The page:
Monday, 6 April 2015

Dowkah farm before the sandstorms

I started out my monthly long distance trip with a stop off at Dowkah farm about 180 kilometres north of Salalah. I arrived there in late afternoon on Thursday.

It was not the best start in terms of passage birds which was my main reason for going north this month. 

Almost the last bird of the stop provided the most interest. A female Menetries's warbler decided to come right out into the open for a prolonged time.

Menetries's warbler 1

As I have written before in previous blogs, I can't be sure that all Menetries's warbler are passage birds since some winter in suitable clusters of trees and bushes in the desert and semi-desert areas especially in wadis and near farms.

Menetries's  warbler 2

As I was watching the bird, an ominous dust storm was heading towards me. In the distance I could see the bright blue sky being eaten up by dust clouds.

Menetries's warbler 3

As the dust approached, the bird went for cover. The skies went pink and all birding was finished for the day. All that was left was to drive on carefully to my over-night stop at Ghaftain resthouse a further 230 kilometres north west.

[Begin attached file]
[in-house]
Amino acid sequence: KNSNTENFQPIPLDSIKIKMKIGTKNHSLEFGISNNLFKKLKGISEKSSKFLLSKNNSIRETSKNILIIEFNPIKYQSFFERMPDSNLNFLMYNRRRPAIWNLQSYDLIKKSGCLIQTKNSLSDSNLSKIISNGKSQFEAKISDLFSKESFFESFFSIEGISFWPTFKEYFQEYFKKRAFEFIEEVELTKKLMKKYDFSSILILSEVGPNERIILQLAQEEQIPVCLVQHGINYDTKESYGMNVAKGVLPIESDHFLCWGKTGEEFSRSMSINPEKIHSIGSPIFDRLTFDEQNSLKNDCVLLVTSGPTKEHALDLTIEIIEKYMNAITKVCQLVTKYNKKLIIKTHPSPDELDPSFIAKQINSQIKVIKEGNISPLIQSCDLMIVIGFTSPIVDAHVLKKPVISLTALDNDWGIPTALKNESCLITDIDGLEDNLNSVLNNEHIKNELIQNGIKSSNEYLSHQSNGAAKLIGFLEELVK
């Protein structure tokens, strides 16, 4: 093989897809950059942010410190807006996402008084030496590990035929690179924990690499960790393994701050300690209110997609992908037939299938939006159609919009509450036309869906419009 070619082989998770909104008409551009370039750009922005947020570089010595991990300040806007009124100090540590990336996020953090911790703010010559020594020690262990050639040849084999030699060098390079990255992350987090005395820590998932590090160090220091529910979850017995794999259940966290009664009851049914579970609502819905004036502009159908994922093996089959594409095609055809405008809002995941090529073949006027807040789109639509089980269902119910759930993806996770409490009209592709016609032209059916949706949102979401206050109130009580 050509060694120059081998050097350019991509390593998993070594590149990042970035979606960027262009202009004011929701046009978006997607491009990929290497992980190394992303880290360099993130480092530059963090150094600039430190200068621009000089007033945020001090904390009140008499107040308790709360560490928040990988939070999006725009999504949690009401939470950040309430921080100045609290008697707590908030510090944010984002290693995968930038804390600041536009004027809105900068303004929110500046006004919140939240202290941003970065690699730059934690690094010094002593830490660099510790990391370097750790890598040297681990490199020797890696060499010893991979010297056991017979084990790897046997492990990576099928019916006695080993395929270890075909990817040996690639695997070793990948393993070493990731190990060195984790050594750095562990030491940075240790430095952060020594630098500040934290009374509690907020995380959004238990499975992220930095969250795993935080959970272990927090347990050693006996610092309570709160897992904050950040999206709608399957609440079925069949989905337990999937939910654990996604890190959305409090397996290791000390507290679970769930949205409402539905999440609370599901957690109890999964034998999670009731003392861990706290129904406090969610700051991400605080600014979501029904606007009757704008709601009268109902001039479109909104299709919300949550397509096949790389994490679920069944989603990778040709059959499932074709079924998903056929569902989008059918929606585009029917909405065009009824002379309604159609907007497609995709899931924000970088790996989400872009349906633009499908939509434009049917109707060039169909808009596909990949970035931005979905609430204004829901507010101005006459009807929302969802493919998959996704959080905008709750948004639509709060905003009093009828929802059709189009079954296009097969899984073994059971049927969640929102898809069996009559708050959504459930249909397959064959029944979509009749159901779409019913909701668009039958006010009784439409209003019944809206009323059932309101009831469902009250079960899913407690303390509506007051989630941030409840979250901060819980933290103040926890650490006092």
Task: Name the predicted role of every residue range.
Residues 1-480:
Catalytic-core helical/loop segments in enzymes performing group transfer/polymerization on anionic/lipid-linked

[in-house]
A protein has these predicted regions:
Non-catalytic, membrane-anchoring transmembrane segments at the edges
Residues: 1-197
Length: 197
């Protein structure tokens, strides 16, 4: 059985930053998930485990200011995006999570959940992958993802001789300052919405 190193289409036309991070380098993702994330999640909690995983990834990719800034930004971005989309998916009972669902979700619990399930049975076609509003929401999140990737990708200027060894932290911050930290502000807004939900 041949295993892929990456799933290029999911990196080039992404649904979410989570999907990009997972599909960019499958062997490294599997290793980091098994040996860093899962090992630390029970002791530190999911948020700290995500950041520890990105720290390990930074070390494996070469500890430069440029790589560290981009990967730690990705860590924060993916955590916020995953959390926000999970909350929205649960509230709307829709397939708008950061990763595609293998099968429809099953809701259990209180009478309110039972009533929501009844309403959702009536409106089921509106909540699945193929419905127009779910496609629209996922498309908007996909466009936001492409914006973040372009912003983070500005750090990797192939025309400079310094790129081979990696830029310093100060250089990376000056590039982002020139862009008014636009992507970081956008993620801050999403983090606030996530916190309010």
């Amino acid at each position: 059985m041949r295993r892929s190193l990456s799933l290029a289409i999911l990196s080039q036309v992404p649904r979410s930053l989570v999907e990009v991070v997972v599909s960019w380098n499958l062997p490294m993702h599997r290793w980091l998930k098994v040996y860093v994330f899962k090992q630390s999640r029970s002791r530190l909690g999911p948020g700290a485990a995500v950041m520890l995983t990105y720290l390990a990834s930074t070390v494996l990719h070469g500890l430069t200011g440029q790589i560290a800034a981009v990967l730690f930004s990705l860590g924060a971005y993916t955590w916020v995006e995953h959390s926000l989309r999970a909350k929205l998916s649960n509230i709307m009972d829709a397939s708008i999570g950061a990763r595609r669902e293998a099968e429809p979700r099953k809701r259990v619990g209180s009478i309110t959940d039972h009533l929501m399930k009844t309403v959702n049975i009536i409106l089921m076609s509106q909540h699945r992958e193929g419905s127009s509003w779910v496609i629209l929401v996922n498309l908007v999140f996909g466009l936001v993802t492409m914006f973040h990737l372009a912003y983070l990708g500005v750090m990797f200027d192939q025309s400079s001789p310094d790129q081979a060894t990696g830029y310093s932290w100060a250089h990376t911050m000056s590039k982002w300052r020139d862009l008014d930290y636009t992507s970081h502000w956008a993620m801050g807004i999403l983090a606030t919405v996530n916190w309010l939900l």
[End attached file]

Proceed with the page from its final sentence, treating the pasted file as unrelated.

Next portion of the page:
red-throated pipit

Earlier at the farm I had trouble with identifying a pipit which at one stage I thought could be a vagrant meadow pipit. However in one photo there is a vaguest hint of a red throat even though the mantle is very poorly marked for that species. The long hind claw helped me rule out tree pipit which is the most common migrant pipit seen on pivot bars. So I believe it must be a poorly marked red-throated pipit.

red-throated pipit 2

As usual many larks were seen at the farm. The greater short toed lark may no longer be there but the resident hoopoe lark and black-crowned sparrow-lark were easily seen.

hoopoe lark

Black-crowned sparrow lark is incredibly common in the desert areas directly north of Salalah.

black-crowned sparrow lark

Only one type of wheatear was observed. These were a very small number of lingering desert wheatear which have been on site all winter. Wintering and passage Isabelline wheatear weren't seen. The other wheatears were probably only here fleetingly on passage.

desert wheatear

Two harriers were observed in different parts of the farm. A pallid harrier was seen over a remote pivot field.

pallid harrier

A marsh harrier was observed near the large cluster of trees and bushes.

marsh harrier

Dowkah farm didn't give me anything special but the weekend was young. I was more than happy by the time the weekend was over.

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